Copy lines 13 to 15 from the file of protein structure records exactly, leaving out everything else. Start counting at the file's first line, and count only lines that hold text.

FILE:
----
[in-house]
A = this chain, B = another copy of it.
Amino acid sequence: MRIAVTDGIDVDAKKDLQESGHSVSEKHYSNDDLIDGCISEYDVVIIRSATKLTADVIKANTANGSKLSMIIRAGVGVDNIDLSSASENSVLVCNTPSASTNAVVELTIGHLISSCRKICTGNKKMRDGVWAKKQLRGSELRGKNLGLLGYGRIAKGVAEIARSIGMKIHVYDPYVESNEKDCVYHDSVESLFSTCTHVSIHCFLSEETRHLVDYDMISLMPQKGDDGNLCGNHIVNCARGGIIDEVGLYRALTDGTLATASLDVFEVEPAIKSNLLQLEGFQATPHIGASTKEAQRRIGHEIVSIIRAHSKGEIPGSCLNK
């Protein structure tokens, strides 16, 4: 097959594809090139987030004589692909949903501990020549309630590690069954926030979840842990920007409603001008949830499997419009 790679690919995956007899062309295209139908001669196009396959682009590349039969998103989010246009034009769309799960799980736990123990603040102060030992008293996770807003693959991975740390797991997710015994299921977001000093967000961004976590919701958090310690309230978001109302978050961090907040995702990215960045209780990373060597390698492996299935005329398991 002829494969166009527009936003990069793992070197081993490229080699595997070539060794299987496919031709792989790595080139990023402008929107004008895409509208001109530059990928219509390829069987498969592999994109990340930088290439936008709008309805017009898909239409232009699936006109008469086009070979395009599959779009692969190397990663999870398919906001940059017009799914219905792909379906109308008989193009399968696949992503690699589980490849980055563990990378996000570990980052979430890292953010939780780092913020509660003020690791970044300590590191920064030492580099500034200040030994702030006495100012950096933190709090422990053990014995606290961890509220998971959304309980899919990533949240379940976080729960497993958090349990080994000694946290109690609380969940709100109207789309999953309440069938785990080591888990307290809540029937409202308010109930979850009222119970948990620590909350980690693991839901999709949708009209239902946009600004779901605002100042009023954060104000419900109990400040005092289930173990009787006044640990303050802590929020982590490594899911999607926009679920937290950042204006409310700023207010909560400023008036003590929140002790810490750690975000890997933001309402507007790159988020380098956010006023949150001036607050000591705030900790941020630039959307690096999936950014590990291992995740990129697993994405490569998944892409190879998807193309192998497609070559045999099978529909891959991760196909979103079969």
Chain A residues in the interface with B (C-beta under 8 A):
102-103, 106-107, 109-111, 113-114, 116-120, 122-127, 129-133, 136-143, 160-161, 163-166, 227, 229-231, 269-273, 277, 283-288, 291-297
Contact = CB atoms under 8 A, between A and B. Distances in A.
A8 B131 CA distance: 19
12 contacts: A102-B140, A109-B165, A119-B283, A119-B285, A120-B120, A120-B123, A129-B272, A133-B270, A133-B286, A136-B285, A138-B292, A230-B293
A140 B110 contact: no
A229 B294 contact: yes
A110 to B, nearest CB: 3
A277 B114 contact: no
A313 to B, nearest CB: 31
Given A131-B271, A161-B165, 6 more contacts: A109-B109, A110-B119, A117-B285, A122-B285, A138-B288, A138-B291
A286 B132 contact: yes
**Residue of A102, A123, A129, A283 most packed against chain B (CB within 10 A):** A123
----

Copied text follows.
A277 B114 contact: no
A313 to B, nearest CB: 31
Given A131-B271, A161-B165, 6 more contacts: A109-B109, A110-B119, A117-B285, A122-B285, A138-B288, A138-B291